As long as this policy was regarded as natural and obvious, it provided no basis for factional disputes and required, therefore, neither ideological nor programmatic definition nor a specific label. Isolationism emerged as a distinctive and definable political position only when the foreign policy consensus derived from the teachings of Washington and Jefferson began to break down, a development that found its basis in the conditions of the late nineteenth century but full expression only in the period of World War I.
By the end of the nineteenth century, virtually all of the circumstances that had made the traditional policy of the United States possible had either been greatly modified or disappeared altogether. With rapid industrialization and the opening of vast new lands to agriculture, the United States had become a serious factor in the world economy and was converting itself from an importer into an exporter of capital. The need for the protection of trade and investments, as well as the chauvinistic search for the sinews and symbols of power that infected all Western nations in these years, led the United States to follow the teachings of Alfred Thayer Mahan, who in his lectures at the newly established Naval War College—subsequently published as The Influence of Sea Power on History, 1660–1783 (1890)—argued that great countries were built by great navies. Even as the United States thus embarked on the road to military power, advances in technology and communications continued to shrink the oceans and thereby to move the country from the periphery of power to a place closer to the center. And the nineteenth-century balance of power, which, for all the abuse that had been heaped on it by American statesmen, had served the nation well, was upset by the simultaneous rise to international prominence of two ambitious newcomers, Germany and Japan.
The United States responded to these changes with a more active foreign policy and greater international involvement. In 1884 it joined the International Red Cross and participated in the Berlin Conference that was intended to solve the problems in the Congo. Three years later, it hosted the first international conference of its own, the Washington Conference on Samoa, and in 1889 the first Pan-American Conference. These expanded international contacts soon led to further involvement. The Venezuela Crisis of 1895 was followed by the War with Spain, the acquisition of Hawaii, Puerto Rico, and the Philippines, and the enunciation of the Open Door policy designed to assure equal international access to the markets of China. The United States sent delegates to the First International Peace Conference at The Hague in 1899, and the following year contributed 5,000 troops to an international expeditionary force that put down the Boxer Rebellion in China.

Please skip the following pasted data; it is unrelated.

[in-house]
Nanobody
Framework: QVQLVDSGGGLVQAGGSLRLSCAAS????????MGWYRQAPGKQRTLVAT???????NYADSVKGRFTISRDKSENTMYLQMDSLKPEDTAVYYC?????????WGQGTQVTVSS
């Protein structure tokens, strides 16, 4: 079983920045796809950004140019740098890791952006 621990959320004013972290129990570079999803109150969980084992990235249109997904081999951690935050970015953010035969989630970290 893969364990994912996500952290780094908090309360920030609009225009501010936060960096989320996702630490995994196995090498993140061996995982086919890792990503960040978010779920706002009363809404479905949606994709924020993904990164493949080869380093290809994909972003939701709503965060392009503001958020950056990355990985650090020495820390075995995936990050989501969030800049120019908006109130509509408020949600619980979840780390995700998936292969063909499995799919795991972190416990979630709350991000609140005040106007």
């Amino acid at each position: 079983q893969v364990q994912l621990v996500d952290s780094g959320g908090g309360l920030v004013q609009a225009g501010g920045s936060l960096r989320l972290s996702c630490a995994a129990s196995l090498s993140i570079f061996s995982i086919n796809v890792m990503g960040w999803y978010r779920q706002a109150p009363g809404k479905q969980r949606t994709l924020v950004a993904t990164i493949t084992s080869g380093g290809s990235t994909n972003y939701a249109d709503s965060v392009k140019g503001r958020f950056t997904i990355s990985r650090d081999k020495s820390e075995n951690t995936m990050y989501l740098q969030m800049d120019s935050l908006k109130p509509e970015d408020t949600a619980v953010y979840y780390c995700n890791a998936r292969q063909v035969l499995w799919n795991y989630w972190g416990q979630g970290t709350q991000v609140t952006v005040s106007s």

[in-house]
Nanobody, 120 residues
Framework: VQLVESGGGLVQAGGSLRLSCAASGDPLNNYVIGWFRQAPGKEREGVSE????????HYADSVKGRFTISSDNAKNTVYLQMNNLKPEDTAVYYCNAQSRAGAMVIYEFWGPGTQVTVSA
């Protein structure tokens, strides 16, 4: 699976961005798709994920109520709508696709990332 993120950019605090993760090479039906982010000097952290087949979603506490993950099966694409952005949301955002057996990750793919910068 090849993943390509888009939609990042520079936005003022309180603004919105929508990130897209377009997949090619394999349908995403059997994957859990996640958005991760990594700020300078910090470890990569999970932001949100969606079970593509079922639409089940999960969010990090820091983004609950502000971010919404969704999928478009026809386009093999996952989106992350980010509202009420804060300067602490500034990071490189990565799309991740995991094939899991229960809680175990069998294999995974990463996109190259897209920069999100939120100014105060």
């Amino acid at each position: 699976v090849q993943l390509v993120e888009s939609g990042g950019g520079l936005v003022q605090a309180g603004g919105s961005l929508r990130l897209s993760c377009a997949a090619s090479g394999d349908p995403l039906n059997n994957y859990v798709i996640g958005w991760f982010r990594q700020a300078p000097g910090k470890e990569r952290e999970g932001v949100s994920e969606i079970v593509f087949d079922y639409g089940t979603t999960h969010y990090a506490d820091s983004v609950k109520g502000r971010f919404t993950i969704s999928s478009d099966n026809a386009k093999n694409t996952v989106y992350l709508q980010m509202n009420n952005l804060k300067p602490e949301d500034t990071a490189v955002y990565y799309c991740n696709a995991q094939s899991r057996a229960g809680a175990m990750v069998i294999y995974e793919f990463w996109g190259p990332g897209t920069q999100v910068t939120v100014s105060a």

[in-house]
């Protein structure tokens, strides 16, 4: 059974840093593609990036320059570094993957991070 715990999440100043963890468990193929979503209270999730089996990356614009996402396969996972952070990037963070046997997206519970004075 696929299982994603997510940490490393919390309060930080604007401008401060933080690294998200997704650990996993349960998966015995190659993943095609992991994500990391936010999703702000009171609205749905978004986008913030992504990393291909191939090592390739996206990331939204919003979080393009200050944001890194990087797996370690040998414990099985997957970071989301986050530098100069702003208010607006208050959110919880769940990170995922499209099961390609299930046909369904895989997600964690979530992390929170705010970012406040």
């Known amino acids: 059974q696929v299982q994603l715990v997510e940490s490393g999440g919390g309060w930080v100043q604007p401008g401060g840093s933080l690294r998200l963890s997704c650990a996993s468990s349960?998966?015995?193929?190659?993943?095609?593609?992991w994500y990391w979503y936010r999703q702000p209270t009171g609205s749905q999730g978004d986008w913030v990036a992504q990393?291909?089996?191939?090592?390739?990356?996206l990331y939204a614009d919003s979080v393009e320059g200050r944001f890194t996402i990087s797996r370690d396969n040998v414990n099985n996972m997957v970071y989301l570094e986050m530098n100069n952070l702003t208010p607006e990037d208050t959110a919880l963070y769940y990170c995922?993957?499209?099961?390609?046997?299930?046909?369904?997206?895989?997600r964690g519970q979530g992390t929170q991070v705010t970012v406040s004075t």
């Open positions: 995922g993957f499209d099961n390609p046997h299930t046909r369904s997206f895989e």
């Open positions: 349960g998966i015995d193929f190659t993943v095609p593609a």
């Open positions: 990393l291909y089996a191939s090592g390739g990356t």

The pace of America's involvement with the world quickened during the presidency of Theodore Roosevelt, who hugely enjoyed asserting America's growing power. In 1902, after Great Britain, Germany, and Italy had blockaded Venezuela and brought its dictator, Cipriano Castro, to his knees, he facilitated an arbitration of the dispute that protected America's long-standing interests in Latin America. In 1903 he encouraged rebellion in Colombia, promptly recognized the new country of Panama that emerged, and acquired territory from it on which to build a trans-isthmian canal. In 1904 his corollary to the Monroe Doctrine arrogated to the United States the exercise of an international police power in the Caribbean, and for the next twenty years U.S. marines landed periodically in Cuba, the Dominican Republic, Nicaragua, Haiti, and, on occasion, even Mexico. In 1905 he mediated the peace treaty between Russia and Japan that was concluded at a conference in Portsmouth, New Hampshire. For his efforts he became the first of three Americans who were to win the Nobel Peace Prize before 1920.
All of this activism in international affairs was deemed to be compatible with the foreign policy of the Founders, and the traditional American consensus therefore remained largely intact. Even the anti-imperialists at the turn of the century, while opposing the acquisition of colonies on the grounds that this would fundamentally change the character of the American Republic, made surprisingly little of the fact that it would inevitably lead to involvement in the great power rivalries against which President Washington had warned, and that the Open Door policy would have the same effect if attempts were made to enforce it. When the Senate ratified the Algeciras Agreement of 1906, an international compact dealing with the future of Morocco, and the Hague Convention of 1908 that established the rights of neutrals and of noncombatants—both clearly "entangling" in nature—it simply added the proviso that agreeing to them was "without purpose to depart from the traditional American foreign policy."
Less than three months before the outbreak of World War I, Woodrow Wilson, who still insisted that "we need not and we should not form alliances with any nation in the world," reasserted the traditional policy: "Those who are right, those who study their consciences in determining their policies, those who hold their honor higher than their advantages, do not need alliances." Consequently, the onset of hostilities in Europe produced the traditional American response: a declaration of neutrality and a reassertion of the policy of friendship with all and entanglements with none, which, as an editorial in the magazine World's Work put it, "was made for us by wise men a hundred years ago."